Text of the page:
Moisture budget analysis of monsoonal precipitation in the Sahel region of Africa

LDEO Publication: 
Yes
Publication Type  Conference Paper
Year of Publication  2012
Authors  Pomposi, C.A.; Kushnir, Y; Giannini, A.
Conference Name  American Geophysical Union Fall Meeting
Abstract  

It has been well documented that characteristics of the African Monsoon, which supplies the Sahel region with the majority of its annual rainfall, have greatly changed throughout Earth’s history. In recent decades alone the region has transitioned from a relatively wet climate to severe prolonged drought, to a partial recovery of monsoonal rains. While many studies have attributed this recent variability in part to oceanic influences on the monsoon, the scale and duration of the late twentieth century drought as well as the previous wet period have yet to be reproduced in coupled ocean-atmosphere general circulation models. Thus our present understanding of variations in the African monsoon, particularly in the Sahel region, is far from complete, making it difficult to estimate the monsoon’s response to climate change. Using data from available observations, the NCEP/NCAR Reanalysis, and ERA-40 Reanalysis, this study aims to understand the moisture budget of the Sahel, specifically focusing on differences amongst the various decades: wet (1949-1967), dry (1968-1989), and “partial recovery” (1990-2011). In breaking down the moisture budget equation, contributions from the mean and transient flow to the overall monsoon characteristics are studied, as is the interplay between differences in moisture transport and circulation dynamics of the atmosphere during the different time periods. Preliminary results suggest that it is the relationship between the upper level air flow and surface winds that may explain the variations in monsoonal precipitation amongst the three time periods. Our diagnostic analysis of the observations guides us to look into a set of general circulation model ensembles, one forced with observed global SSTs and others where SST is prescribed only in various tropical sub-basins. This model analysis allows us to examine in more detail the role of SST forcing in African monsoon variability. Specifically, it points to the roles of the Atlantic, Pacific, and Indian Ocean in causing the 20th century decadal Sahel precipitation variability.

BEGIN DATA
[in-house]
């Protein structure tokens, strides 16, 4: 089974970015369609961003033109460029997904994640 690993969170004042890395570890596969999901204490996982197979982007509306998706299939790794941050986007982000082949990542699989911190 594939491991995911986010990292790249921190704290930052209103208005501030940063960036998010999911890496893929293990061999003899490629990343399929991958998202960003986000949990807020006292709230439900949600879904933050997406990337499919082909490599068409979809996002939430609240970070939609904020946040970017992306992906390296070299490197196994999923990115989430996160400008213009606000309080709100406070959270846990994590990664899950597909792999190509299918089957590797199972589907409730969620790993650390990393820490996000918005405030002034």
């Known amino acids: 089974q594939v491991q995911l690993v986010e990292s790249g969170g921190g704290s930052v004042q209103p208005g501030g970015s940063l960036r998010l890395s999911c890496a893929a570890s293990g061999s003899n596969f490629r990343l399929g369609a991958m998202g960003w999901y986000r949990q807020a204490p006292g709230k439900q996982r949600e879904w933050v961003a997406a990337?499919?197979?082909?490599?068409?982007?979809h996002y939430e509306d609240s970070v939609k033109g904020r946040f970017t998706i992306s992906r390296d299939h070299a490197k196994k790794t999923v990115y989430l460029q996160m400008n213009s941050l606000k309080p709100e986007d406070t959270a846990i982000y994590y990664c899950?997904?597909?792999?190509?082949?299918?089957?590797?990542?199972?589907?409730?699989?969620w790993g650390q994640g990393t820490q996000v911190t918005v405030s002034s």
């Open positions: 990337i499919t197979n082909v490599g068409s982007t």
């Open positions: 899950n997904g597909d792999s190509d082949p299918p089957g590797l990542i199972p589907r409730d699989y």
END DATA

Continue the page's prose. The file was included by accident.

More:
URL  http://abstractsearch.agu.org/meetings/2012/FM/sections/GC/sessions/GC41C/abstracts/GC41C-0989.html